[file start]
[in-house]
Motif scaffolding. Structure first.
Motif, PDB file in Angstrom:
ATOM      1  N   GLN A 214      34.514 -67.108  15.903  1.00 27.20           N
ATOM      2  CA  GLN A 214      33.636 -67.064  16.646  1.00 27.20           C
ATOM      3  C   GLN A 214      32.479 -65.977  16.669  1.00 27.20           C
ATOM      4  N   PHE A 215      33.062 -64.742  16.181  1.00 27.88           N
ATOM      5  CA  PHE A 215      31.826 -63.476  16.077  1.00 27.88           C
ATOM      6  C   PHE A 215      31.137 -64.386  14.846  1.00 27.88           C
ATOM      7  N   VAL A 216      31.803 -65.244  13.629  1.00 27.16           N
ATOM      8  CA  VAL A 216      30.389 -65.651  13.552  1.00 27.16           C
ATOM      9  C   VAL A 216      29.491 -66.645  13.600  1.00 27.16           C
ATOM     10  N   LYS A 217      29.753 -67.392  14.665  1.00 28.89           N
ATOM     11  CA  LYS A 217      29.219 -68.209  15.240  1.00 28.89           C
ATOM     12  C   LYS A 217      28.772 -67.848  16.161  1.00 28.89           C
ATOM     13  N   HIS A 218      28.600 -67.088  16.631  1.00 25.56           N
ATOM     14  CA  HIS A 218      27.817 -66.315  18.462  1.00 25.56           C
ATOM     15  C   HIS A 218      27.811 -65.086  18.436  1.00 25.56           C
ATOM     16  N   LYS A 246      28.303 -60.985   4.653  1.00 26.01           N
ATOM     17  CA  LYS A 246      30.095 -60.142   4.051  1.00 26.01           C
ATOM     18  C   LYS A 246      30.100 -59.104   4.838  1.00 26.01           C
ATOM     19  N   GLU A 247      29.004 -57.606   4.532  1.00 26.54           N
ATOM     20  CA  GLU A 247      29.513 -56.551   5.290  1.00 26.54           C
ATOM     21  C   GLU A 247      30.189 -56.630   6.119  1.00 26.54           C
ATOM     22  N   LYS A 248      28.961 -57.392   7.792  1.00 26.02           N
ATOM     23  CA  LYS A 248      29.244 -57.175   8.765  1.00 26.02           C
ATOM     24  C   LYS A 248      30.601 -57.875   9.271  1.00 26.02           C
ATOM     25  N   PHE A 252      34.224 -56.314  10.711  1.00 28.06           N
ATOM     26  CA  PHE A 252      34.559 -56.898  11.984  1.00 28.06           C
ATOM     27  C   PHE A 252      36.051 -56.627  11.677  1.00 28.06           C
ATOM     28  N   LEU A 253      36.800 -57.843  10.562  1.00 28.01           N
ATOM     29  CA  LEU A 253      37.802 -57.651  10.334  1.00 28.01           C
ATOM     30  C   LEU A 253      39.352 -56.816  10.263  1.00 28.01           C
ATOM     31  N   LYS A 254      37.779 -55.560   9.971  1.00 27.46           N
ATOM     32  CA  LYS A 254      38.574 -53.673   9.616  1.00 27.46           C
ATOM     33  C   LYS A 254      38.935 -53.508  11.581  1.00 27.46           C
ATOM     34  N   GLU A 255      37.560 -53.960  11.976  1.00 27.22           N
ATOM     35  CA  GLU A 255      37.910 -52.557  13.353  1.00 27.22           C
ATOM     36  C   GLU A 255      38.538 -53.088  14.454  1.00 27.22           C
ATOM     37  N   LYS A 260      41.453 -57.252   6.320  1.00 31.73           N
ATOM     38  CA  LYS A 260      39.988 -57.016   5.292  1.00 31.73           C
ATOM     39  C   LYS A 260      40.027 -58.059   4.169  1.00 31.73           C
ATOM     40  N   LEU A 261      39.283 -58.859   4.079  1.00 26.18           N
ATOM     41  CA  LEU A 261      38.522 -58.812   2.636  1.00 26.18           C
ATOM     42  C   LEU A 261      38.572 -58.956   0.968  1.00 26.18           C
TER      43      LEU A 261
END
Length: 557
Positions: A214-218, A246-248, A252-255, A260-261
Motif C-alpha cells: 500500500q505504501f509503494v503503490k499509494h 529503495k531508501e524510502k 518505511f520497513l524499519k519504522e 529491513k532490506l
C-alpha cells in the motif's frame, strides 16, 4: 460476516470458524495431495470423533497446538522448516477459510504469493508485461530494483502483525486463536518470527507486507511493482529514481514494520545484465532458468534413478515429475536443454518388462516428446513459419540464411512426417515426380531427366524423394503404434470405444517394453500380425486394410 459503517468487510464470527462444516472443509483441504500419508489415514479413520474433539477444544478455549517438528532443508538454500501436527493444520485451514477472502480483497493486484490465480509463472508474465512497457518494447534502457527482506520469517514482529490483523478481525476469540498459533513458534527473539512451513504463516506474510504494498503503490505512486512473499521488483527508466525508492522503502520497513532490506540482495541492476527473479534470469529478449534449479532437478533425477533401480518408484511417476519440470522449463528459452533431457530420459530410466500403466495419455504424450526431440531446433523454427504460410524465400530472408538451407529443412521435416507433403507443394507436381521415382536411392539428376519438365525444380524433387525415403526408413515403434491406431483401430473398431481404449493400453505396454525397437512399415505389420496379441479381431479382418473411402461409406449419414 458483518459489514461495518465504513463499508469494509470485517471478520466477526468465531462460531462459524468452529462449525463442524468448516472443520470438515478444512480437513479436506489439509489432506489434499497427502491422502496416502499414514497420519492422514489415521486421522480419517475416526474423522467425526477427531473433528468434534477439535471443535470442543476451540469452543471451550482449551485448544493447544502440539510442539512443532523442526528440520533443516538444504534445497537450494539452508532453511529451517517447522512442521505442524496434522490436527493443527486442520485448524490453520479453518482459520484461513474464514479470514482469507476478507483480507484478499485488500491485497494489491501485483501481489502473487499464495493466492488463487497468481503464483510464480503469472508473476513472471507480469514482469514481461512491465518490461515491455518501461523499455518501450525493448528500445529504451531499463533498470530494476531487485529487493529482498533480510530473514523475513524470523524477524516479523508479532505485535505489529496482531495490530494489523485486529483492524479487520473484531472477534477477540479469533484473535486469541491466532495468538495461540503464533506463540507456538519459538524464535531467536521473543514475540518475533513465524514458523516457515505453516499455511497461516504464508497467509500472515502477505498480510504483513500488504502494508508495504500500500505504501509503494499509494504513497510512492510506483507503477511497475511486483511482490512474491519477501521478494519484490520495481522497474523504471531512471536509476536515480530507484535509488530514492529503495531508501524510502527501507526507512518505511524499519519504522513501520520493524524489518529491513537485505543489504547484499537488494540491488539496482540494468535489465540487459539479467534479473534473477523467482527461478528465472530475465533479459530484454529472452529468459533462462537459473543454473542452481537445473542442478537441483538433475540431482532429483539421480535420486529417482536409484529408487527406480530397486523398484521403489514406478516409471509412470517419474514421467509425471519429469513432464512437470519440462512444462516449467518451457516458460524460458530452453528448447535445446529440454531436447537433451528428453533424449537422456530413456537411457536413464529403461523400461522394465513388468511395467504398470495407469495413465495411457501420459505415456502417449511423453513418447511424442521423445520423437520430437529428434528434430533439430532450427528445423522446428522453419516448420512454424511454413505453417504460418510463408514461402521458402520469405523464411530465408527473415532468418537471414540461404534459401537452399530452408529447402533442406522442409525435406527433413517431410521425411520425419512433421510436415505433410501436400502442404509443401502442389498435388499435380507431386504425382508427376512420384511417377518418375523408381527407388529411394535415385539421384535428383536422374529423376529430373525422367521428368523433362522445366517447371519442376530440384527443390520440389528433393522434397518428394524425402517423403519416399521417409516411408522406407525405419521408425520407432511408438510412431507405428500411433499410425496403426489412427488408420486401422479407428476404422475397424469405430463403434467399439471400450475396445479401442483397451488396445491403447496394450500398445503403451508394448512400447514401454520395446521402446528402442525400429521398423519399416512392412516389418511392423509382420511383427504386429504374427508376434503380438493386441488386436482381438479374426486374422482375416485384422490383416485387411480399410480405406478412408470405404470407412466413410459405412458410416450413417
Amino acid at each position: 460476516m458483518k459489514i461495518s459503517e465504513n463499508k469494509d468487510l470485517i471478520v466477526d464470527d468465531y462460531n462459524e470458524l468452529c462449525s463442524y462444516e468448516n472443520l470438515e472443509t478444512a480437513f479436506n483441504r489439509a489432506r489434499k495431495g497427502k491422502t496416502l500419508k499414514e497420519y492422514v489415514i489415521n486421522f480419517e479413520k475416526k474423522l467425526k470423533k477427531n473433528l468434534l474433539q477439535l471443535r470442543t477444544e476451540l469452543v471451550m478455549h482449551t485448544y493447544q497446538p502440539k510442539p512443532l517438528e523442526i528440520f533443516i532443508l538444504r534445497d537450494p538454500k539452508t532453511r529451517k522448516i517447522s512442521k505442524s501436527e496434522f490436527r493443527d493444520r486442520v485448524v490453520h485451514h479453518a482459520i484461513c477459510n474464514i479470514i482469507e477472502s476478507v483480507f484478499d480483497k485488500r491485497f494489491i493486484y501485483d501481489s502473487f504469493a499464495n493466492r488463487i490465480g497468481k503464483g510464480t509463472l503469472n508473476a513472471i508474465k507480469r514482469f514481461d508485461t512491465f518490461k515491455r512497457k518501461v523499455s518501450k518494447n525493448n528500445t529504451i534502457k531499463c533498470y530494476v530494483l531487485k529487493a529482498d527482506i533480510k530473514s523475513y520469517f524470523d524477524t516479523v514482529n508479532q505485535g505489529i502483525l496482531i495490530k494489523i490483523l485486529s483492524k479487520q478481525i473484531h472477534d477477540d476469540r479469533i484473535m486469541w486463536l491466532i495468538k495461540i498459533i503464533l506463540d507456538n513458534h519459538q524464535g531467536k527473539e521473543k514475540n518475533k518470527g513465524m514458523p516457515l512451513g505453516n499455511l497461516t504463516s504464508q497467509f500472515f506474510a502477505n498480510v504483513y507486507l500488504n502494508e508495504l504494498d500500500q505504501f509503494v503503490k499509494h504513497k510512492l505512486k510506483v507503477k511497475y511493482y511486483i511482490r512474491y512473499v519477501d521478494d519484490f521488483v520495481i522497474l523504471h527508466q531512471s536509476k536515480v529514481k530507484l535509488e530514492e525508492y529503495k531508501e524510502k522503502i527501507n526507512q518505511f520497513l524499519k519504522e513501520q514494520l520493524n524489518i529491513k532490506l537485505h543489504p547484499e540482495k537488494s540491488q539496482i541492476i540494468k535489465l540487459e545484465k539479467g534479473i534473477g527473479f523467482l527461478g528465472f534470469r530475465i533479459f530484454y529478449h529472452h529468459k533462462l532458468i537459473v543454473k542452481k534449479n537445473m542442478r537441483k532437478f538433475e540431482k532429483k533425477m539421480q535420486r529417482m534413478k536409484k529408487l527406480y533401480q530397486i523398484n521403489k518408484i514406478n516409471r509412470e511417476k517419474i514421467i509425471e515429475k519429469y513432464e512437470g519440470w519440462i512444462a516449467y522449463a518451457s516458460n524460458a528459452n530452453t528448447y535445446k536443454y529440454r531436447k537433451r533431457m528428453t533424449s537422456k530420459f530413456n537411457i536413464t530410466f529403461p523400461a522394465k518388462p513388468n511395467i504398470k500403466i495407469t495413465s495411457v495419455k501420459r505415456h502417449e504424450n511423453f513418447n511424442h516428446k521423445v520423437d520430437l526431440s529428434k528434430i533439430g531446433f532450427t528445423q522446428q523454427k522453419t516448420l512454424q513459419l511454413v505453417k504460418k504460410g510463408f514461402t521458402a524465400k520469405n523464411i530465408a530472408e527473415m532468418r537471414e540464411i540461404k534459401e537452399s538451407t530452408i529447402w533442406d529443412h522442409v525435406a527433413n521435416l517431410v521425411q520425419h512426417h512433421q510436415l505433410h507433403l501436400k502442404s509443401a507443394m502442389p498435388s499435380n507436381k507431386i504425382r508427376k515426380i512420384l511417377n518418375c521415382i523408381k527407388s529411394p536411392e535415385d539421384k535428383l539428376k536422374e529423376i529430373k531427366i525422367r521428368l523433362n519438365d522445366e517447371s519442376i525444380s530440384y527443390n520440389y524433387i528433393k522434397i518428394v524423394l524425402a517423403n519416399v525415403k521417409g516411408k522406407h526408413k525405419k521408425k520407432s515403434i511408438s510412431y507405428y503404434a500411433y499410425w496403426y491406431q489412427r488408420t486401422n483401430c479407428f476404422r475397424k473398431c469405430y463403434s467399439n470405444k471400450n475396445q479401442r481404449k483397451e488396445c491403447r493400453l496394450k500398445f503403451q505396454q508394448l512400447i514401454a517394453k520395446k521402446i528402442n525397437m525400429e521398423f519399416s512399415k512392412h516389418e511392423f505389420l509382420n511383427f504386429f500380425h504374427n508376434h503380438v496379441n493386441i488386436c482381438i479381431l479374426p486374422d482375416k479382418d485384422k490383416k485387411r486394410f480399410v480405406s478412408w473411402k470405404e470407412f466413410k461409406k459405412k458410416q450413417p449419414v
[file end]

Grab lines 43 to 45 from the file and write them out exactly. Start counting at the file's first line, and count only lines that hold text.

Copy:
ATOM     40  N   LEU A 261      39.283 -58.859   4.079  1.00 26.18           N
ATOM     41  CA  LEU A 261      38.522 -58.812   2.636  1.00 26.18           C
ATOM     42  C   LEU A 261      38.572 -58.956   0.968  1.00 26.18           C